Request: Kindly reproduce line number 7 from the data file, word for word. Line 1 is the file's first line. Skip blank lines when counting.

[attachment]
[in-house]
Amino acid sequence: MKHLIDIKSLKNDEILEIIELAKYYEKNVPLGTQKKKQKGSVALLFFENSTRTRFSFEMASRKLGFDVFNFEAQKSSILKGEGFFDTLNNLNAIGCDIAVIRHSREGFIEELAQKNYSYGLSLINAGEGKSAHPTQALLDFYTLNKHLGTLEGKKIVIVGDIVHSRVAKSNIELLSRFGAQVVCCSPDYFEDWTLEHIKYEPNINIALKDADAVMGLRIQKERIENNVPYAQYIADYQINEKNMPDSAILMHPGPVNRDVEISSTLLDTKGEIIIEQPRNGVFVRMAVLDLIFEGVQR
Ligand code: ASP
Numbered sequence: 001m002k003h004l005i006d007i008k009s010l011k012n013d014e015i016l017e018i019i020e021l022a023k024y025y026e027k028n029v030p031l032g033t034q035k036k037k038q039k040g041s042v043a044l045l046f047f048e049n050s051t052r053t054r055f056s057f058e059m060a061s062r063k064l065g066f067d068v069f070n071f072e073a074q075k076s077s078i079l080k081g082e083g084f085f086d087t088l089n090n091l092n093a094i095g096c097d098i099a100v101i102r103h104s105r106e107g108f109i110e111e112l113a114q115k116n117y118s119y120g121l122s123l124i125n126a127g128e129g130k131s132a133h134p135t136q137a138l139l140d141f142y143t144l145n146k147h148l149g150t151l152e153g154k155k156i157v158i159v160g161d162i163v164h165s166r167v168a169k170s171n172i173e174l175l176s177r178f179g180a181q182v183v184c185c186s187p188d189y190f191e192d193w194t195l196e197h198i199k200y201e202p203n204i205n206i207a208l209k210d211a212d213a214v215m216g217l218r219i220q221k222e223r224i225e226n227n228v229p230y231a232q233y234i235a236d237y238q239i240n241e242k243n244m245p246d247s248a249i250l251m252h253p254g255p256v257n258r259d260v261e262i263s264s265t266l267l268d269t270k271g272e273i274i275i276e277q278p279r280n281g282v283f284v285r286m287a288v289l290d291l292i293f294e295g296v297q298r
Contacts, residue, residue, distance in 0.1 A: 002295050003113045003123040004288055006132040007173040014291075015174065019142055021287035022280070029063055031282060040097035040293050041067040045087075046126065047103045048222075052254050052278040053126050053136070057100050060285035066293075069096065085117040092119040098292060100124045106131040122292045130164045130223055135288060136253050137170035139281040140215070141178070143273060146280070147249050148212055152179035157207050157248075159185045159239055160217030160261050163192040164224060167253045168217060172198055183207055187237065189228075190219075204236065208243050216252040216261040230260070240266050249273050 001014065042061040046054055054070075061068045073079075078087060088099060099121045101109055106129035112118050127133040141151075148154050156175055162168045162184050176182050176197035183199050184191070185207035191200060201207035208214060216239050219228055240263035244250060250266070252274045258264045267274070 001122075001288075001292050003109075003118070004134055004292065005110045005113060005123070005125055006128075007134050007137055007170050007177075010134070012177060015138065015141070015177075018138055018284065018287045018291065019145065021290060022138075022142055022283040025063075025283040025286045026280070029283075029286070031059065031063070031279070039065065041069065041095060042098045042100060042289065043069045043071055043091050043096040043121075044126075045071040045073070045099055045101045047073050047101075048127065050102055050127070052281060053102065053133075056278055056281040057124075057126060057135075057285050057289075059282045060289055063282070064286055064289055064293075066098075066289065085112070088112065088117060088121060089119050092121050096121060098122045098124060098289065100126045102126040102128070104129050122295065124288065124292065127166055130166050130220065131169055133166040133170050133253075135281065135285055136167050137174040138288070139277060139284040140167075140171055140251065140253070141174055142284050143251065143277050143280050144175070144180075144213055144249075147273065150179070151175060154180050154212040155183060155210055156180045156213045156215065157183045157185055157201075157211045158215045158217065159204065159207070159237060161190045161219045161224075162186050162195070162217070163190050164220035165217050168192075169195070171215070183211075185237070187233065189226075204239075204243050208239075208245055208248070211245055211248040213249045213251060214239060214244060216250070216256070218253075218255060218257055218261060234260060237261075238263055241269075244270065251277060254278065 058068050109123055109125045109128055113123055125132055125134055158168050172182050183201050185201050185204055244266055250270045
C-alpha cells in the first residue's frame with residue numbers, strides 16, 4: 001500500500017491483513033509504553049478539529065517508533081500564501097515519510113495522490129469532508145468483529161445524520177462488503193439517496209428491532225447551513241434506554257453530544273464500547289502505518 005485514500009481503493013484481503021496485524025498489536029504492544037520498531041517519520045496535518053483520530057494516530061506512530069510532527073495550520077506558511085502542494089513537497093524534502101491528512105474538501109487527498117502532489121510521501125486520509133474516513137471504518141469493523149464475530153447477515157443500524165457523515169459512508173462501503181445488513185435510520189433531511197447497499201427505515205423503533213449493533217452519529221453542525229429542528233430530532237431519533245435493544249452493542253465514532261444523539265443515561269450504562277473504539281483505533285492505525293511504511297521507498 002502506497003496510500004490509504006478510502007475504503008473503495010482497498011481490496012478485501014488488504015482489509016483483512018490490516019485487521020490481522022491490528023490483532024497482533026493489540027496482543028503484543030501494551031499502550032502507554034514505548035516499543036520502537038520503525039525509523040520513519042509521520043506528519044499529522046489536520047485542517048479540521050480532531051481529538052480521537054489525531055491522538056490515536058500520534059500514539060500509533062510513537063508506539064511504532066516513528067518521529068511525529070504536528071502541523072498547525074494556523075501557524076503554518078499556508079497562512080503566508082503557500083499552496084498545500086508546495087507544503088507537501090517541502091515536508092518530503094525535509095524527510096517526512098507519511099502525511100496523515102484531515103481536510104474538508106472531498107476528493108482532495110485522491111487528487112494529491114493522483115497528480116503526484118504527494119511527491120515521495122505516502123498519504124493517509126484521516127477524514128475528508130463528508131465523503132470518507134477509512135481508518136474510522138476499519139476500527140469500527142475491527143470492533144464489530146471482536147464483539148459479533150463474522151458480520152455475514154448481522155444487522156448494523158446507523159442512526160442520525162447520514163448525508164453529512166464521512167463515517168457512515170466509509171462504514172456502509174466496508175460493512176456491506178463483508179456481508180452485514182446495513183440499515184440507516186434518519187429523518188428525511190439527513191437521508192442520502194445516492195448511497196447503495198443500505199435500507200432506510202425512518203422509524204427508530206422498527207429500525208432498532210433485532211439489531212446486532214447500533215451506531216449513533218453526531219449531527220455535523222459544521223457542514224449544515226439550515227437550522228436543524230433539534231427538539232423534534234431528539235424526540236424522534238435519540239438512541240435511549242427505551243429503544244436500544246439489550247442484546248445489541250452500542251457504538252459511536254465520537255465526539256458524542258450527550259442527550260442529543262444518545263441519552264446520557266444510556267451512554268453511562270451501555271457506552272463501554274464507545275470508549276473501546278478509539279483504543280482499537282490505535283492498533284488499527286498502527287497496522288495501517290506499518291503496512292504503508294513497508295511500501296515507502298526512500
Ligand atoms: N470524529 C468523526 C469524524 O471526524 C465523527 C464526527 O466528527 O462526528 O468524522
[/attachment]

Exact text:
Ligand atoms: N470524529 C468523526 C469524524 O471526524 C465523527 C464526527 O466528527 O462526528 O468524522